Log in

No account? Create an account
I'm exhausted and upset and depressed (that fast, see?) - See the Amanda, Feel the Shine! [entries|archive|friends|userinfo]

[ userinfo | livejournal userinfo ]
[ archive | journal archive ]

I'm exhausted and upset and depressed (that fast, see?) [May. 4th, 2006|05:12 pm]
[Current Mood |bitchybitchy]

I'm in a foul-ass mood. Not even the Internet is fulfilling anymore. I don't like life very much if it's this tiring. Or my job, for that matter. There's only one more week to go before the end, and all I can think of is how tired I am.
Nonstop work/school days all this week. I keep trying to visualize the money, but that's not even working anymore. Today brought long lines of nonstop, foul-mouthed, rude, ungrateful customers. It also brought me a raging tension headache. I used to LOVE work--but this week, it's like this foul-tasting medicine I have to swallow without complaint.
My voice is tired--all this vocal effort being put out to customers who don't give a damn anyway. When Ari called, I had to tell him to call later because it felt like if I said ONE more thing to anybody, I'd collapse under the weight of my own words.
I don't like having his call feel like an annoyance. I want to be excited about being there so soon! But now it seems that being excited would only waste valuable energy. There's so much being demanded of me, all at once.

I'm also finally realizing how little money $7 an hour is. I've worked my ass off today, drained all my mental and physical essence and spoiled my mood--all for $56 minus tax. It used to seem like so much money...
I can't even MASTURBATE, I'm so tired. This is what corporations do to me, and they shouldn't have this horrible power over what I can and can't do. I want my happiness back, DAMN IT--right now!

Also, time and again lately--I get an e-mail and get all excited, only to find out it's some stupid forward or an advertisement. Or I hear the phone ring, only to find out it's TELEMARKETERS. And when someone DOES miraculously call or e-mail or comment, I'm too tired to appreciate it anyway!
Well, time to expel some mental juice on homework...whoohooooo, right?

Am I seriously gonna be ok? At times like these, I childishly wish someone was there to rock me to sleep and comfort me and say everything will be alright.

[User Picture]From: rewhite
2006-05-05 11:13 am (UTC)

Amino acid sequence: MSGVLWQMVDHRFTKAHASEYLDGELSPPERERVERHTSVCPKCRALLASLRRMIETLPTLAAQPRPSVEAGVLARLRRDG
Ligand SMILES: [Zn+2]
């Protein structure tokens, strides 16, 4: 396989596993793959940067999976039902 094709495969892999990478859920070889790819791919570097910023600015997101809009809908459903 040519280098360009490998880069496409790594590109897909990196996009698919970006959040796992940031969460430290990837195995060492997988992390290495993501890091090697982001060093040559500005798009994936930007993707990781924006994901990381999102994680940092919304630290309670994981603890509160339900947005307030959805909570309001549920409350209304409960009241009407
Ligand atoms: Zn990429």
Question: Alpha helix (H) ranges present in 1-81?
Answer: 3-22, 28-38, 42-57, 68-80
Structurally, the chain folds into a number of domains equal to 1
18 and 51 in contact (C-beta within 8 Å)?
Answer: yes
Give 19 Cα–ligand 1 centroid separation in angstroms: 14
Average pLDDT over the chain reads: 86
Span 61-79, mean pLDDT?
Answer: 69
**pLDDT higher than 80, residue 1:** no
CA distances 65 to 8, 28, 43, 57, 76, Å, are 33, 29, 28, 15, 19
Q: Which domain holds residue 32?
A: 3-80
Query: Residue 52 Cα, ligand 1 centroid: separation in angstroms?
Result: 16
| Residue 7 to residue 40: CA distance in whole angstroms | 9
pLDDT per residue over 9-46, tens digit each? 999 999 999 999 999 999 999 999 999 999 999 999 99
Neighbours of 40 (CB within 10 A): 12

It's cheeper to live here because of the lower minimum wage. Plus, there's more jobs. Oh, and fuel prices are rather low out here because of much lower taxes (though they want to raise them). Add to that the most extensive and thorough public transportation in the country, and things are pretty nice.
(Reply) (Parent) (Thread)
[User Picture]From: minuetcat
2006-05-07 07:34 am (UTC)
Woohoo! That's music to my ears at this point :)
(Reply) (Parent) (Thread)
[User Picture]From: palmer_kun
2006-05-07 12:24 pm (UTC)
Lower minimum wage isn't always cheaper. My boyfriend lives in North Carolina, where the min wage is $5.15, and 800 is the average per month for a 2 bedroom, which is more expensive than Portland, which has higher taxes, and a much higher min wage (and also has a top-rated transit system)
(Reply) (Parent) (Thread)
[User Picture]From: rewhite
2006-05-09 02:42 pm (UTC)
The difference is that North Carolina is in the midst of a major boom. That's the exception, not the rule. There's a ripple effect that results from shifts in the minimum wage. Everybody above the basest of workers makes a certain amount above it. Everybody wants more

When the minimum wage is higher, the work done at minimum wage and all the other wages that would have to be adjusted is not made more valuable, so the payment simply becomes worth less.

I shouldn't have said how cheep it is. It is rather that money is worth more here. That speaks nothing to the value of things out here. Here, like North Carolina, there is a boom. Ours resultant of nothing other than the boom in NYC coupled with a good economy, don't think that I can credit the State with the good state of affairs. Because lots of people want housing here and there, much more than there is available, it becomes more valuable.

In North Carolina, the prices will come down because there is a lot of building going on. The higher prices are insentive for the builders to build until the supply/demand intersection brings prices down to such a place that the incentive ceases for a while. Eventually, an equalibrium will be achieved, and housing prices there will deflate to where they ought be.

That won't happen here. There are major environmental restrictions on new construction. There is a solid stretch of city, suburb, and rare industry from well beyond New York City all the way to Princeton, cutting past the Pine Barrans and then curving up from South Jersey, leaving Vineland unto itself, and eventually reaching the Delaware and crossing into Pennsylvania, with Trenton at the north of this crossing and Philadelphia/Camden at the south. There is no more room. Every house around here is being added on to. Old houses on large lots are being torn down and five put up in their place. A few places are putting up low-rise appartments. Cranford is experimenting with a mixed use low-rise commercial/residential and parking garage building next to their train station. Rahway is tearing down most of the century-old downtown to make way for more. My own shabby house, if fixed up, is about half-a-million dollars. Our housing prices will remain inflated unless something terrible happens in NYC.
(Reply) (Parent) (Thread)
[User Picture]From: palmer_kun
2006-05-07 12:32 pm (UTC)
Where did you get that icon? Can I swipe it?
(Reply) (Parent) (Thread)
[User Picture]From: rewhite
2006-05-09 02:26 pm (UTC)
(Reply) (Parent) (Thread)